On the second day of testimony in a case against the Seattle Archdiocese, church lawyers tried to advance their stance that the archdiocese knew nothing of an abusive priest's troubled history in Spokane when they allowed him to serve temporarily in Seattle in the late 1970s. The other side tried to show that the archdiocese...
The former priest at the center of a trial against the Seattle Archdiocese finished his testimony Wednesday, and before leaving the witness stand began to say again he was sorry for the many sexual abuses he had committed years ago.
“I would like to apologize as much as I can,” said former Spokane priest Patrick O’Donnell, before Judge Paris Kallas cut him off and dismissed him.
O’Donnell — who had sat alone during the trial and wandered the courthouse hallways alone during recesses — left the courtroom quickly.
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On the second day of testimony, church lawyers tried to advance their stance that the archdiocese knew nothing of the priest’s troubled history in Spokane when it allowed him to serve temporarily in Seattle in the late 1970s.
The archdiocese says, and O’Donnell corroborated, that he kept his abuses — — and the fact that the Spokane bishop had sent him to Seattle for sexual-deviancy treatment — secret from many, including those in the archdiocese and at the University of Washington, where he pursued a doctorate.
The other side tried to show that the archdiocese did no background checks on the priest and had — at best — only a lax system in place for vetting visiting priests.
Two men are suing the Seattle Archdiocese, saying it didn’t do enough to protect them from O’Donnell, who has admitted to molesting both men when they were children attending St. Paul Church in Rainier Beach. O’Donnell, who served there from 1976 to 1978, apologized to them Tuesday.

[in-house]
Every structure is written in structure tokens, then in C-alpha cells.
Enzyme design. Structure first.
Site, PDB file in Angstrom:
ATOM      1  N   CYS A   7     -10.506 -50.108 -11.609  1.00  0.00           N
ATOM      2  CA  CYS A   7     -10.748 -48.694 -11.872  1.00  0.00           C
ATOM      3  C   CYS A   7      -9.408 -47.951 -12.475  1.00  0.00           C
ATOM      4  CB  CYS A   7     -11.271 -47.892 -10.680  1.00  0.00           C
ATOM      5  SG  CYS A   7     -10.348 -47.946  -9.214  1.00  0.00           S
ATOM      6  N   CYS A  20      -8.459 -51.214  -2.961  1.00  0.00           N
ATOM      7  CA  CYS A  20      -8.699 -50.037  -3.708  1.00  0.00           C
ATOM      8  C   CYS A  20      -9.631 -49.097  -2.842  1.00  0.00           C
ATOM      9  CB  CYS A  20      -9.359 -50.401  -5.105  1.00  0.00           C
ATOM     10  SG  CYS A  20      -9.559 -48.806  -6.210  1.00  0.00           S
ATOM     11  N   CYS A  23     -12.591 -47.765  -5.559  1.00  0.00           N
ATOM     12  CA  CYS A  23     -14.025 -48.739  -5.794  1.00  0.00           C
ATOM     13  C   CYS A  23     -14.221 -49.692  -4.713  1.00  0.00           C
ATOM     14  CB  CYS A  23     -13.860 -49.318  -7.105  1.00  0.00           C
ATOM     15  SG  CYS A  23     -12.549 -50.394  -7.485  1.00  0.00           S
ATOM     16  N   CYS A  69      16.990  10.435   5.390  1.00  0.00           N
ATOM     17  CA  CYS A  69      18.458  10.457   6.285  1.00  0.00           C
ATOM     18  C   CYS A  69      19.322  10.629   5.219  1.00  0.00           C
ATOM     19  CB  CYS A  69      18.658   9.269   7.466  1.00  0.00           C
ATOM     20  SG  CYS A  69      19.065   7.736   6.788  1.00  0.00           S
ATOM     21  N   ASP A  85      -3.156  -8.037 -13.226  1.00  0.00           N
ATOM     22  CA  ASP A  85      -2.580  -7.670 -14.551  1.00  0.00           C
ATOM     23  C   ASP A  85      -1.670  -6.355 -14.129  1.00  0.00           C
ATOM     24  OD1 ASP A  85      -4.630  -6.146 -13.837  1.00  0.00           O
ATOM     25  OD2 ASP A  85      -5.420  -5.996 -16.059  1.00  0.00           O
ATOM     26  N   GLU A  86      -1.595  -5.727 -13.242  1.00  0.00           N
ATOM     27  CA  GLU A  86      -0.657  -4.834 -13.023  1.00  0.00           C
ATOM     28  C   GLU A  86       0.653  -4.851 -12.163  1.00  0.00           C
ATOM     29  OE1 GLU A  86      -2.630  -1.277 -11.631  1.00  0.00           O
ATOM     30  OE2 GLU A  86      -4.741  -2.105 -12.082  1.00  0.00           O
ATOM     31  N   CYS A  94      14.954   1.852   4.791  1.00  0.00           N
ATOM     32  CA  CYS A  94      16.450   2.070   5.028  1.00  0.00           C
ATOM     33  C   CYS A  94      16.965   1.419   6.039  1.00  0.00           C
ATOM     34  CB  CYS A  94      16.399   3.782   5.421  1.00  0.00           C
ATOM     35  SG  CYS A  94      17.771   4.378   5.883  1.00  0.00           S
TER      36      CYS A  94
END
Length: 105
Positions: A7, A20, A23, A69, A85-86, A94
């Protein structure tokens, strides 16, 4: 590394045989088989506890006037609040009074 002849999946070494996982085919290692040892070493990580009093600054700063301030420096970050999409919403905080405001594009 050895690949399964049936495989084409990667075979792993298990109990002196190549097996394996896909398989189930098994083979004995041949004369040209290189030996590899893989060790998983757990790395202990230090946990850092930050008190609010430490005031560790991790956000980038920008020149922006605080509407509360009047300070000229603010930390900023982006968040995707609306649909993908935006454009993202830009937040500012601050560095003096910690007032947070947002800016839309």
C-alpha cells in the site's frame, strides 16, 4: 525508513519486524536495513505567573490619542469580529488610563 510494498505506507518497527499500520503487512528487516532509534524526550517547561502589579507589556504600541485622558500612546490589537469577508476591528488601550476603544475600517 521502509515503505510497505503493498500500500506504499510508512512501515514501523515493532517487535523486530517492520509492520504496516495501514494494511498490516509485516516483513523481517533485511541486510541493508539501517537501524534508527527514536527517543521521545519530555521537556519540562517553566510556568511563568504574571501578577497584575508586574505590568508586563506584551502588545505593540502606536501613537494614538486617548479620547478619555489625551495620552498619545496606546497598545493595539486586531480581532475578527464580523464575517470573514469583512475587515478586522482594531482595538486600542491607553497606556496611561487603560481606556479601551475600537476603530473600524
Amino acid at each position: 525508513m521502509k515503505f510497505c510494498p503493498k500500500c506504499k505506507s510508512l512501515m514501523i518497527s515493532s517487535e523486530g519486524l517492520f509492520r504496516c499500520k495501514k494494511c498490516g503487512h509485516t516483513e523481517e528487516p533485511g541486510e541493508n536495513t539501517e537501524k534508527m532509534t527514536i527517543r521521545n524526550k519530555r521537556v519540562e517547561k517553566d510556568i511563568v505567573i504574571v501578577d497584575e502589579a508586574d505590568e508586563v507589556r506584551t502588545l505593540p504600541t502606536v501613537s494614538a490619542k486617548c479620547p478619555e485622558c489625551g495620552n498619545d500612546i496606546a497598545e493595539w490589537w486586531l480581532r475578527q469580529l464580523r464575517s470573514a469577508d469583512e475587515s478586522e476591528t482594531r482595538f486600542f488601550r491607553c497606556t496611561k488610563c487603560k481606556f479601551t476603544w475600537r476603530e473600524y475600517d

A central issue in the trial is whether and when the Seattle Archdiocese knew about O’Donnell’s abusive history and whether it should be held liable for what he did to the plaintiffs.
Plaintiffs’ attorneys called to the stand the Very Rev. Michael G. Ryan, now pastor of St. James Cathedral, who had served in the 1970s and 1980s on a board that vetted the suitability of priests for parish posts.
Plaintiffs’ attorney Michael Pfau contended it was odd the only written record in the archdiocese indicating higher-ups had discussed O’Donnell’s arrival was a short blurb in the minutes of the personnel board on which Ryan served.
The blurb did not say why O’Donnell was coming to Seattle or how long he would stay — information normally given about visiting priests, Pfau contended. Nor did O’Donnell arrive in Seattle with a letter from his bishop saying he was fit to serve.
Ryan said the Spokane bishop had given verbal approval of O’Donnell’s fitness. And he attributed the lack of written records in part to then-Seattle Archbishop Raymond Hunthausen’s style, which he described as more pastoral and less by-the-book.
The exchanges between Pfau and Ryan got testy at times, with Pfau, for instance, asking Ryan: “Is a child molester a priest in good standing?”
Ryan replied a priest in good standing could be someone who is permitted to serve in the archdiocese, but has moral failings and is undergoing treatment.
Pfau asked him the same question again.
“Is my explanation inadequate?” Ryan asked.
Janet I. Tu: 206-464-2272 or firstname.lastname@example.org